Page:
What good is a plan if the employees do not know it or have not been trained? Training all employees for a catastrophe will help when one hits your county. Employees need to know what role they play and what needs to be done.
Training topics include:
- Types of hazards and emergencies.
- Evacuation procedures.
- Shelter-in-place locations.
- Lockdown procedures.
- First aid supplies.
- Automated external defibrillators (AEDs).
- Assistance for employees with disabilities.
- Communication methods.
- Emergency response team members and contact information.
- Staffing expectations — essential employees, offsite work, layoffs.
Now let's look at when the catastrophe hits. What do we need to do during the incident?
Communication is key, not just when something happens, but during and after as well. If you are not communicating, then employees do not know what is going on or what do to.
How will your county relay valuable information to employees? Do you have a system set up to communicate off-site and through other means such as websites, text messaging and social media? Make sure to communicate with employees by using various channels, on or off-site.
If there is no internet, how will employees get the information needed? Check in with your employees and make sure they know you are there and they have the support they need to recover. Make sure employees have access to support systems such as employee assistance programs (EAPs) and stress or grief counseling. Assure them of the process to receive their paycheck and other benefits needed. Keep them informed of the plan to continue county operations, and what role they play.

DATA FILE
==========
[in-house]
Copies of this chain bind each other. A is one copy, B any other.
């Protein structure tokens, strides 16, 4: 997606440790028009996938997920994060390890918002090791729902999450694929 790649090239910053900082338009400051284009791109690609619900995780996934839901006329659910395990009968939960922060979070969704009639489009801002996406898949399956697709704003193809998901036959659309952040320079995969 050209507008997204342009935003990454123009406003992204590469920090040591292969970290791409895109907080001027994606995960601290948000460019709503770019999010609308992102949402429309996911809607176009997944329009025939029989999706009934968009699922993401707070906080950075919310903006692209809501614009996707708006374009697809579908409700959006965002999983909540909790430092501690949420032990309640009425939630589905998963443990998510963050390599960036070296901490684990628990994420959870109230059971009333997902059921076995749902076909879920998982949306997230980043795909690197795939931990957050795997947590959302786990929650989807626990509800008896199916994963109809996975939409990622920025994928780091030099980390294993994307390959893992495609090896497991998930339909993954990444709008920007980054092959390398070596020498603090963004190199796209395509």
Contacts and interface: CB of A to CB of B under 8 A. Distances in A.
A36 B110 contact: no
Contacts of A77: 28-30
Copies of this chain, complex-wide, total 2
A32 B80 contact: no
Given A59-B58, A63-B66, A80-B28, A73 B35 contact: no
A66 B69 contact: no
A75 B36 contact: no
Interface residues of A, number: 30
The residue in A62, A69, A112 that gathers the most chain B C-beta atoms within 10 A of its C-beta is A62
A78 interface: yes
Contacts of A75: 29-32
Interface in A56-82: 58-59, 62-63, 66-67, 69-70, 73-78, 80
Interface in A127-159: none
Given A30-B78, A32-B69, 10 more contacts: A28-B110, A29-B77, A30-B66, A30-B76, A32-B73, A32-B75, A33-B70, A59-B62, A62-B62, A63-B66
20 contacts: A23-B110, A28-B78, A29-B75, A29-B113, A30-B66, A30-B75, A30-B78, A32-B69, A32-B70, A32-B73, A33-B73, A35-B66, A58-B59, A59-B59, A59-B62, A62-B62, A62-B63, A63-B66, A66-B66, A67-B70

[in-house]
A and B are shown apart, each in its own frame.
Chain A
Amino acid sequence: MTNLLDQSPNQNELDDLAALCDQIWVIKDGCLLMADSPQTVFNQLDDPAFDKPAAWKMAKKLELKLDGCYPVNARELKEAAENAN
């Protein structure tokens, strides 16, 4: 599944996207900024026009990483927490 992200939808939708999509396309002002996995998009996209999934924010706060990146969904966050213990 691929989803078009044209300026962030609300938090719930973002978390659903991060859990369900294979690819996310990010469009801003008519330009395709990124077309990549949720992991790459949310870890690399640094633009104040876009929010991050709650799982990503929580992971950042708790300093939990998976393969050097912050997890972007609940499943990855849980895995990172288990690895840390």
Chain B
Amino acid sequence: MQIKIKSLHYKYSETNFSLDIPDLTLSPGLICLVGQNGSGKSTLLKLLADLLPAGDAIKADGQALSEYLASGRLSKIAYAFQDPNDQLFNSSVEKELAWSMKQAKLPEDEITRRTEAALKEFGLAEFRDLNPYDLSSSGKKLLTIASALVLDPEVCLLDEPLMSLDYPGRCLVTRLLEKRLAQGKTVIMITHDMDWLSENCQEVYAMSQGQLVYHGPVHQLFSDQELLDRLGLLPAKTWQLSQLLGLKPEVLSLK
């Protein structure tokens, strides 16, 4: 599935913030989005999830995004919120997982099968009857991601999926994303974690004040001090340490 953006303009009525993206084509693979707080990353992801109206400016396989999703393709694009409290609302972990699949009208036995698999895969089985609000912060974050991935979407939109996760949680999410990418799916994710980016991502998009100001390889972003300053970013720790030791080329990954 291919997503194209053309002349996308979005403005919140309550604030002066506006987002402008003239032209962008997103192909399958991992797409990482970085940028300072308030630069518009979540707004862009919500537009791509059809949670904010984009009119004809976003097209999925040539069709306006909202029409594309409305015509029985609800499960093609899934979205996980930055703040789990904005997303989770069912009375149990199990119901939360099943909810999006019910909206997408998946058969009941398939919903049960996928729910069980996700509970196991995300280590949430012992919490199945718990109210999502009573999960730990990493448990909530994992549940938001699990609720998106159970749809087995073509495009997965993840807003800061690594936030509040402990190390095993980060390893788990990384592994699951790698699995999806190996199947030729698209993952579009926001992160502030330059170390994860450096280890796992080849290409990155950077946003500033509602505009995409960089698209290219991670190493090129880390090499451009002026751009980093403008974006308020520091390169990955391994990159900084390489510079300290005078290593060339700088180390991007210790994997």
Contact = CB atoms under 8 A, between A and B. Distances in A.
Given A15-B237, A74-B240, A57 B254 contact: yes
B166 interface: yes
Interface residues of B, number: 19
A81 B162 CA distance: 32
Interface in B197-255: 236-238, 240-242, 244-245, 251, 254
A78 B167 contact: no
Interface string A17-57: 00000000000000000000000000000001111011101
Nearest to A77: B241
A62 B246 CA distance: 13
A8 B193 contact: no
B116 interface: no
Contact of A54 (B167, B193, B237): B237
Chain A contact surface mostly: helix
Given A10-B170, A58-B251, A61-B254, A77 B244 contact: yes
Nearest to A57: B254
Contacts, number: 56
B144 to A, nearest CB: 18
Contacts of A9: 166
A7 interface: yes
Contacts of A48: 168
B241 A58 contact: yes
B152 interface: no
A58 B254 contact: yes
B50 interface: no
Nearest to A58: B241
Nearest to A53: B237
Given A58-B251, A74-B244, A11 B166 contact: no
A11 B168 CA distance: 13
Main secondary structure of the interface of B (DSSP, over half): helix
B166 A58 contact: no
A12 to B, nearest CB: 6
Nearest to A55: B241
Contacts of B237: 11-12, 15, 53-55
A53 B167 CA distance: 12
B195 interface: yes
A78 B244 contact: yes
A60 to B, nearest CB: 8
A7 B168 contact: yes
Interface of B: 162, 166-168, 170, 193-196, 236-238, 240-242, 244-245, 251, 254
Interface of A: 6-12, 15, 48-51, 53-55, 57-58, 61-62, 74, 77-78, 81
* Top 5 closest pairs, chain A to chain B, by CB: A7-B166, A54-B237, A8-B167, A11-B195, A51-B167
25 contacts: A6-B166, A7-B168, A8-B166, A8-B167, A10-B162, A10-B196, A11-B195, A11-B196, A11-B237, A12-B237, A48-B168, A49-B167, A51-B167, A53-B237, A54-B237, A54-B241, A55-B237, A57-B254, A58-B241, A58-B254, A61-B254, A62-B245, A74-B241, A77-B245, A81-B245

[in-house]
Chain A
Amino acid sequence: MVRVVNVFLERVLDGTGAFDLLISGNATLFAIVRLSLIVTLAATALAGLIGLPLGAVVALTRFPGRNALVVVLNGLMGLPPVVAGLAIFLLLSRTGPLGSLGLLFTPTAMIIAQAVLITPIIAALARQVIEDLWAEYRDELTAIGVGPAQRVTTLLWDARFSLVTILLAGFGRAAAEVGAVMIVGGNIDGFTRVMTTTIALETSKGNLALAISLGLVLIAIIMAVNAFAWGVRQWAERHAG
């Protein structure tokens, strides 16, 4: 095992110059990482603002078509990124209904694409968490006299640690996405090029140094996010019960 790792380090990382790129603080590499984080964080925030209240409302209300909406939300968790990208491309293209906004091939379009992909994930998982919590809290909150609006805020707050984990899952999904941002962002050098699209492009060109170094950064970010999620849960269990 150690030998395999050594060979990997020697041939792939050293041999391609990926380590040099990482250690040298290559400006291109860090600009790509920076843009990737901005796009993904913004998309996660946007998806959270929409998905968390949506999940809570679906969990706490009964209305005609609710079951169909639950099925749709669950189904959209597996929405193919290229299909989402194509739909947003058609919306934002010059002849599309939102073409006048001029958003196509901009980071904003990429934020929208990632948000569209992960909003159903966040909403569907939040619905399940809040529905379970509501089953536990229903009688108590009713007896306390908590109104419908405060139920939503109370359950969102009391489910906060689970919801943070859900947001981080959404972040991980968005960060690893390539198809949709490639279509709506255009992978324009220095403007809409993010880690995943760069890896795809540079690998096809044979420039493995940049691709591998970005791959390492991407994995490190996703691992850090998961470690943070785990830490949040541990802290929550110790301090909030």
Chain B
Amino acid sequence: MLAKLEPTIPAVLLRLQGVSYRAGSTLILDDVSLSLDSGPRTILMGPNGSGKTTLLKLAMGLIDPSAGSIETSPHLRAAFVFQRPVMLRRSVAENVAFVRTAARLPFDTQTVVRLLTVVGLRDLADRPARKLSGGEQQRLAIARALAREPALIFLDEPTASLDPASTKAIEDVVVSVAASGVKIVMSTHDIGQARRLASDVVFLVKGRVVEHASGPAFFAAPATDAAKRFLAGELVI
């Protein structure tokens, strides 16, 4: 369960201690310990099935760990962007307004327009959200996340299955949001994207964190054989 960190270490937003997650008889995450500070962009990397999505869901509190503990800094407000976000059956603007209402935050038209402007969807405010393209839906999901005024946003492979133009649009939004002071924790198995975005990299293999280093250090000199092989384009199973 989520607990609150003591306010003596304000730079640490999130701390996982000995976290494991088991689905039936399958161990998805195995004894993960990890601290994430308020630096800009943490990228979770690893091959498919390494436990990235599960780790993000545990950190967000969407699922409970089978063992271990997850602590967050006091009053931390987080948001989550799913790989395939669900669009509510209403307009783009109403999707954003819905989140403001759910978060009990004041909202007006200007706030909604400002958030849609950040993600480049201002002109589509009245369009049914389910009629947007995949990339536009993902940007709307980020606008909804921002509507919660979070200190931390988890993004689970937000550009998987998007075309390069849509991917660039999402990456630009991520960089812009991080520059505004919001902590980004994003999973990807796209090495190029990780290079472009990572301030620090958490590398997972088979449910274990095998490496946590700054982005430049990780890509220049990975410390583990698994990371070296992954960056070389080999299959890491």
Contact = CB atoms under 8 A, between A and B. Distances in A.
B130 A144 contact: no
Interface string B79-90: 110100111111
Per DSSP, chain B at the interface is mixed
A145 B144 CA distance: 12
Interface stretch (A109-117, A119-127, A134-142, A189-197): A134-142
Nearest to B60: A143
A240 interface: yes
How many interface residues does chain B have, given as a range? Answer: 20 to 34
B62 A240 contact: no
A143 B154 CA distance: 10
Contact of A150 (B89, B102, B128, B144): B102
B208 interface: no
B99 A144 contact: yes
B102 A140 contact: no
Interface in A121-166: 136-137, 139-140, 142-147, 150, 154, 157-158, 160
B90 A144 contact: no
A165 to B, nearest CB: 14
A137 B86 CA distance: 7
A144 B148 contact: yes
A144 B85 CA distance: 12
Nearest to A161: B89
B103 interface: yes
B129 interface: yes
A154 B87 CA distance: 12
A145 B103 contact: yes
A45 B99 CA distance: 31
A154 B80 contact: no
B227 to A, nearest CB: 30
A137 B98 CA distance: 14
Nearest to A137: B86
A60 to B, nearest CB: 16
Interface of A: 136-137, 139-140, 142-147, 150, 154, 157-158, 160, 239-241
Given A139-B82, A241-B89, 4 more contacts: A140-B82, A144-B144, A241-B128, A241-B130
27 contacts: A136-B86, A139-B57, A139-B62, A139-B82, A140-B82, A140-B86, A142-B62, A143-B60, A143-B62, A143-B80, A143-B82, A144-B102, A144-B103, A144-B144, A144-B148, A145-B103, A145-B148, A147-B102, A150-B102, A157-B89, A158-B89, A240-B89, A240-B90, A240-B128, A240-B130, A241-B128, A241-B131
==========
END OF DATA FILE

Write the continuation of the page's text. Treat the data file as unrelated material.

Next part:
Lastly it is important to follow up after the incident occurs. Again we look at communication. Chances are that every one of your employees will be impacted in some way, maybe not directly. There could be loss of lives, and loss of homes and belongings. Do you have a plan to deal with psychological after effects either on an individual or group basis? Consider providing employees access to support systems such as EAPs and stress or grief counseling. What is your process to return employees back to work? What if an employee is not able to return to work as quickly as expected?
After the county is back to work and getting things back in a routine, it is important to evaluate what worked and what did not work. Did the county have policies to address what was needed? Do any policies or procedures need to be updated? Also think about updating policies periodically as people and processes change. Are there any follow-ups need for insurance claims, property damage, etc.?
It is never a fun topic to think about disasters and catastrophes, but being prepared makes it easier to manage when they do occur. Take the time to prepare and address the necessary steps for every employee to pull through even faster.
COVID-19 has taught us several things — counties are strong, counties will find a way to fight and counties are always there. Stay safe. Texas needs you!